insulating returning or reflecting, much of the heat energy of our Burn Tunnel and Heat Riser / Combustion Chamber back into the 'heart of the fire' !

The second best brick to use to surround and make our Burn Tunnel/ Combustion chamber is 100 yr old soft, red/red orange House Brick!!!

There is a 2nd kind of 'FIRE BRICK" that comes in the same size as regular Lightweight Firebrick and is the same nominal size as well as many others, and
generally weighs more that 7 Pounds, almost a gallon of milk.

This 2nd class of brick is very hard and dense, and is used in industrial kilns because it is extremely durable absorbs and holds heat like the Dense Thermal
Mass it is, and functions to hold the kiln at high temperatures to allow ether further annealing or hardening to take place !

As a choice for use in our Rocket burner core it is a poor choice, not worth its premium price and should be watched for and avoided !

Any one having access to these Hard Dense fire bricks for free or very cheep will recognize that they fit the bill exactly for a good type of Thermal Mass for
our Cob Bench or to line the inside or the outside of a ''Rocket Bell' I I hope this was clear as many people have gone to Lowes' or HO-DE's or a big box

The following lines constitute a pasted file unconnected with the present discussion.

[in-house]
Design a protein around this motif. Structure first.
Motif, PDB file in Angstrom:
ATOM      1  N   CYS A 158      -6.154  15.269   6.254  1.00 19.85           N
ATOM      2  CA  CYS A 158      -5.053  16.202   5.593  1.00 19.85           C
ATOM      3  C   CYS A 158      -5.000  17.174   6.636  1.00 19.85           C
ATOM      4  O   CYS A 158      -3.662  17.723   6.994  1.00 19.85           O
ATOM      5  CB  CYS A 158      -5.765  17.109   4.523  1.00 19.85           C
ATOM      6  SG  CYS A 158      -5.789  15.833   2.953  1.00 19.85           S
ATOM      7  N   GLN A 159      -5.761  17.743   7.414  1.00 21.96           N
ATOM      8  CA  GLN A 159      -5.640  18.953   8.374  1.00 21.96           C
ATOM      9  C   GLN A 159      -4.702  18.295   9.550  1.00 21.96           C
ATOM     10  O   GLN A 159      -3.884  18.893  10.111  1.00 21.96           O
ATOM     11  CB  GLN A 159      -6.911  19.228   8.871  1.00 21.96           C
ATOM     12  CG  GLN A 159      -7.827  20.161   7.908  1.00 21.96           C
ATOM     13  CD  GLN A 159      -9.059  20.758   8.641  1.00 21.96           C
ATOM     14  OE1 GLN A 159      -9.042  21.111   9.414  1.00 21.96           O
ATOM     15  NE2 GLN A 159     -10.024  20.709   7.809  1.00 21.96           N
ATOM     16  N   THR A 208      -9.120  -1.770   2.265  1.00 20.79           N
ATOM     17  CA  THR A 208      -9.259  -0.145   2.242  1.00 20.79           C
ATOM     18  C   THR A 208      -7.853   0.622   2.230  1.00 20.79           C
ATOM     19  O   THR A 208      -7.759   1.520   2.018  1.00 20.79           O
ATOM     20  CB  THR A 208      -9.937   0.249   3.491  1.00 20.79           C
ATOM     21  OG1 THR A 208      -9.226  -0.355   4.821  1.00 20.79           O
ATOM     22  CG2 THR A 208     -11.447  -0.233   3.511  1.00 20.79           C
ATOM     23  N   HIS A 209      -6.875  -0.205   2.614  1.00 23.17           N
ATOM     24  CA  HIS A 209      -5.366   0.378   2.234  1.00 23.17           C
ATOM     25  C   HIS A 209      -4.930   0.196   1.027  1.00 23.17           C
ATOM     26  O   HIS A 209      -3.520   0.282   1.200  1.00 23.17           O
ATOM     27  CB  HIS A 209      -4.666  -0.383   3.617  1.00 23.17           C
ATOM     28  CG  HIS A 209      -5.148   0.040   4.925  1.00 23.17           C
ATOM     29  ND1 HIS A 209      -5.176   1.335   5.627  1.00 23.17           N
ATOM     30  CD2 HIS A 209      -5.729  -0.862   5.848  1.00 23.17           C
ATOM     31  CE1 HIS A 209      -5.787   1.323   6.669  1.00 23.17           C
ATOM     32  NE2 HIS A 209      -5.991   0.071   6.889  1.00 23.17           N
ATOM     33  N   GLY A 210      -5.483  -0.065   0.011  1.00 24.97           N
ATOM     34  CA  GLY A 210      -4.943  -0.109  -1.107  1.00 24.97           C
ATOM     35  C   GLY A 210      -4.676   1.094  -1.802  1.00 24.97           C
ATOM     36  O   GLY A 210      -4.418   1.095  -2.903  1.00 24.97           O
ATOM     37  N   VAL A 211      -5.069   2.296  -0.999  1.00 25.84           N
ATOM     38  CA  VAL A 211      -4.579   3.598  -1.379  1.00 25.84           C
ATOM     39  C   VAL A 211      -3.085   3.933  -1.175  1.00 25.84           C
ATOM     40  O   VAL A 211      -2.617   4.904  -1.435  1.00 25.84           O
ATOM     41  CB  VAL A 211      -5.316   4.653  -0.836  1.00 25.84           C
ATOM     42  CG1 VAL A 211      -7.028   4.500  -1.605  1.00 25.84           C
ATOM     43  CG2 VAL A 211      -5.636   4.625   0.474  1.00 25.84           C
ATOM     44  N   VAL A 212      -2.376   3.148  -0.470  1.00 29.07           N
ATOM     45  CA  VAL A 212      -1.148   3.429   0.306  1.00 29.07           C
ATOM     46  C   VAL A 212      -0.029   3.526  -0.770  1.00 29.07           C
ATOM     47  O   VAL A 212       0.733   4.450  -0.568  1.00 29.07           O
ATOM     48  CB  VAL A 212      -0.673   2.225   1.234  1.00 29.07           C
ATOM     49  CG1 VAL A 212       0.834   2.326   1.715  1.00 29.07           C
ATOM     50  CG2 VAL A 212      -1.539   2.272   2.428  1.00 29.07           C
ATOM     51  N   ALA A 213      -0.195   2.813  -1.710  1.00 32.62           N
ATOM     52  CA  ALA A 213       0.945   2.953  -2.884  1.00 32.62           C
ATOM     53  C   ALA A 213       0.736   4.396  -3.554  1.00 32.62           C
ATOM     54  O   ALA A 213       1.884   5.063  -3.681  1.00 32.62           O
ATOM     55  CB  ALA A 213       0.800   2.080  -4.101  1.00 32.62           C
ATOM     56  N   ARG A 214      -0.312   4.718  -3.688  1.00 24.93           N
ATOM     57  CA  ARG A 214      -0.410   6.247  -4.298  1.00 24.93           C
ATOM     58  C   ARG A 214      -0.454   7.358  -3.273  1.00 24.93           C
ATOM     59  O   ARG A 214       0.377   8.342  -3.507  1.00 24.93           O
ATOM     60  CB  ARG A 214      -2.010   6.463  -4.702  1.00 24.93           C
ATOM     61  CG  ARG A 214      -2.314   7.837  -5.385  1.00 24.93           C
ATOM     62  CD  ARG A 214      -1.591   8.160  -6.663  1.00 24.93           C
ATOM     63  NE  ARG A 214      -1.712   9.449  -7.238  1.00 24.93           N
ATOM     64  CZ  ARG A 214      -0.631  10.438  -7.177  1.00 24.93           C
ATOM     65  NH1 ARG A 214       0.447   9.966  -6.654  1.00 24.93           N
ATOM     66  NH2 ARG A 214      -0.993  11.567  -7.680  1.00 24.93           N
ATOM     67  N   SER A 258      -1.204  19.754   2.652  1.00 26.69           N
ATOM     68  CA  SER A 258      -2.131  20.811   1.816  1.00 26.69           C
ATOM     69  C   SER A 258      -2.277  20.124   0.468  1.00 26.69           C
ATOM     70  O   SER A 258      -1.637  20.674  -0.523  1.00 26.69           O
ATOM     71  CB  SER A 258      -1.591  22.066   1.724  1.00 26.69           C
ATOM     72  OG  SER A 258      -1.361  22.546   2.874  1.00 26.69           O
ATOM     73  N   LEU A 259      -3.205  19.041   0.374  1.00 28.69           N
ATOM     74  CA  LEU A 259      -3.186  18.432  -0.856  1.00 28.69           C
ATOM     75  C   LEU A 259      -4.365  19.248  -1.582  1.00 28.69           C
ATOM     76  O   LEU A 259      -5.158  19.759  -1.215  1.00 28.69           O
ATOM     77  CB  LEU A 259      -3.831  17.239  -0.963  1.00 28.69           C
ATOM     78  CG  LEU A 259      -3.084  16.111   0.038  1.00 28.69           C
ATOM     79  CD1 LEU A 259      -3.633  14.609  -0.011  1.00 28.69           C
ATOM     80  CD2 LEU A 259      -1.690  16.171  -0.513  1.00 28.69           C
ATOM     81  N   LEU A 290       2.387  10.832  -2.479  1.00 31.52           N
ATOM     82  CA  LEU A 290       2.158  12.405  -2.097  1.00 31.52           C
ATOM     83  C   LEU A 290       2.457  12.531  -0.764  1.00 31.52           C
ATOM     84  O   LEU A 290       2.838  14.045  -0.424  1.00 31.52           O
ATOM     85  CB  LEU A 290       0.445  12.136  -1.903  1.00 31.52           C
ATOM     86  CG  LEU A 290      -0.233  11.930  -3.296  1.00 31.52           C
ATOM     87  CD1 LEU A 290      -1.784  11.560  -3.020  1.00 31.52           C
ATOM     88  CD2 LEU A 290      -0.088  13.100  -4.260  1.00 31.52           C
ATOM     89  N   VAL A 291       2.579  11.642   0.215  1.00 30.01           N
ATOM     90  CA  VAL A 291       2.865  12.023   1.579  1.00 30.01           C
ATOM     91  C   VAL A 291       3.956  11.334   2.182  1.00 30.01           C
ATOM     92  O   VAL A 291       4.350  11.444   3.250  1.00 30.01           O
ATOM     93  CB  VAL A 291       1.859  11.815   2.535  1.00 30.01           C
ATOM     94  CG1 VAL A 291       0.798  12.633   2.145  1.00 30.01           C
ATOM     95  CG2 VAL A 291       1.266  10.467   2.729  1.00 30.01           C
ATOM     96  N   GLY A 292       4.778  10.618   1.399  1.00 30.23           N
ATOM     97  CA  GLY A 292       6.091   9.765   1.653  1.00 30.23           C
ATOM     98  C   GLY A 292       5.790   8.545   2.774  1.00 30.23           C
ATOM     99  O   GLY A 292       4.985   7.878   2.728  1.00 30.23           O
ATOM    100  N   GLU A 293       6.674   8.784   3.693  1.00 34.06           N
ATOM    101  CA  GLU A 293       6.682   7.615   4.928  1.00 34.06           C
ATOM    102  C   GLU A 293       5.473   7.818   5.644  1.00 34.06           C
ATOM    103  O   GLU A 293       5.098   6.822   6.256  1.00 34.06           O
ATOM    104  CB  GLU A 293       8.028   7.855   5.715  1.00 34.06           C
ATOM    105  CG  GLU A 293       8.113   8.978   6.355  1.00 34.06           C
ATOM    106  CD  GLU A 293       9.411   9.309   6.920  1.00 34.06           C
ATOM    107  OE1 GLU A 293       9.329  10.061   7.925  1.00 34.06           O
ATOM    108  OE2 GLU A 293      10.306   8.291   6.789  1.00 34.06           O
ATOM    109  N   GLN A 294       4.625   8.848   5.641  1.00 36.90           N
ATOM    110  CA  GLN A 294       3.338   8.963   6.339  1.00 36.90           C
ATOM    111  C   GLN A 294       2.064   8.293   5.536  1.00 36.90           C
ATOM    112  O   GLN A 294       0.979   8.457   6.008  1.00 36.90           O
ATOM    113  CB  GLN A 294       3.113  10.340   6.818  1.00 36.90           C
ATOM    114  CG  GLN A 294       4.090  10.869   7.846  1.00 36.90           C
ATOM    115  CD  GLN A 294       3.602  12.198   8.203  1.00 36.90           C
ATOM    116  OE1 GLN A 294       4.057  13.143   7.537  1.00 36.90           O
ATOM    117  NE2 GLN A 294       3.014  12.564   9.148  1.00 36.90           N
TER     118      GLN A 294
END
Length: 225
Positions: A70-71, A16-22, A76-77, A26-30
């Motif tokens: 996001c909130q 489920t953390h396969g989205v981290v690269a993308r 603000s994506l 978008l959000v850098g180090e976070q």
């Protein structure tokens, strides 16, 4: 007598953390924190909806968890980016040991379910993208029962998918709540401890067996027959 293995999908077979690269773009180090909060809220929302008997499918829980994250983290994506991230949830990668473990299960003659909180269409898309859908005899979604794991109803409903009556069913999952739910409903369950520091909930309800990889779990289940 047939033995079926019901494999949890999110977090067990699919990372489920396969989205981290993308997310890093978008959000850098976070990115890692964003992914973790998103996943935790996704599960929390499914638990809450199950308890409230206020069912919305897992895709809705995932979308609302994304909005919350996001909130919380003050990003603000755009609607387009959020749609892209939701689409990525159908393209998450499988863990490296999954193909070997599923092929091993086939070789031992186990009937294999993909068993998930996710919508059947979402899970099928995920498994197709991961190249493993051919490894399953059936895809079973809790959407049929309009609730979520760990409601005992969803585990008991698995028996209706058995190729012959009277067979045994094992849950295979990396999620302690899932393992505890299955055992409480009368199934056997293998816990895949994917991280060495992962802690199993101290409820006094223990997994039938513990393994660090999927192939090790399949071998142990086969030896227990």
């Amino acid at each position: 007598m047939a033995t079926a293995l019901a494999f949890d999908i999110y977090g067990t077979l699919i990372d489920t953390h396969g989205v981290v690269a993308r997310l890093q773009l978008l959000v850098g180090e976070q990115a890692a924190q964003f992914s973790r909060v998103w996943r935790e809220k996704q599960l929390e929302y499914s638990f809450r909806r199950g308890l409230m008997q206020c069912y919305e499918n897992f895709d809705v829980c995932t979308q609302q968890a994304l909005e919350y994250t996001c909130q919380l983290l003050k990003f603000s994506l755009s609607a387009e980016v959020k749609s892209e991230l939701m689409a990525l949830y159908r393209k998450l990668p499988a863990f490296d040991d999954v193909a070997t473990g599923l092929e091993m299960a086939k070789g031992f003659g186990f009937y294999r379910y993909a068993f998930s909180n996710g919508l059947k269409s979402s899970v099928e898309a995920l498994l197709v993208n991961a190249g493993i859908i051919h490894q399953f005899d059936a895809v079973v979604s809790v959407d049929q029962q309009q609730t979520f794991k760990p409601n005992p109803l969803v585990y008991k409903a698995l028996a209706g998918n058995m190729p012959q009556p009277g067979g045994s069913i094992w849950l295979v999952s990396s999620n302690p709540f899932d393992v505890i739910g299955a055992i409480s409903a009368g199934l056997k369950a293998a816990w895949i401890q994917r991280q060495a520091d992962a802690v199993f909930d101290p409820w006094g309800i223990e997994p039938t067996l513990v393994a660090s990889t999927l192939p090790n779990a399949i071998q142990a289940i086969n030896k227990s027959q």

store and got the wrong thing ! For the good of the craft ! Big AL
 
Cindy Mathieu
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Some clarification:

About the smoke, if you are not watching the fire very closely, it will become smokey as the bulk of the wood gets burned up. I believe its because there is too much air for the amount of combustion going on which cools the fire. Cooler fire...volatiles don't get burnt up... smoke is produced. This could be alleviated if you were right there watching it and adding more fuel or closing off some of the feed tube, etc. However, I have admitted that this is not how this kiln is being used. It is outside and not closely supervised, not in our living room.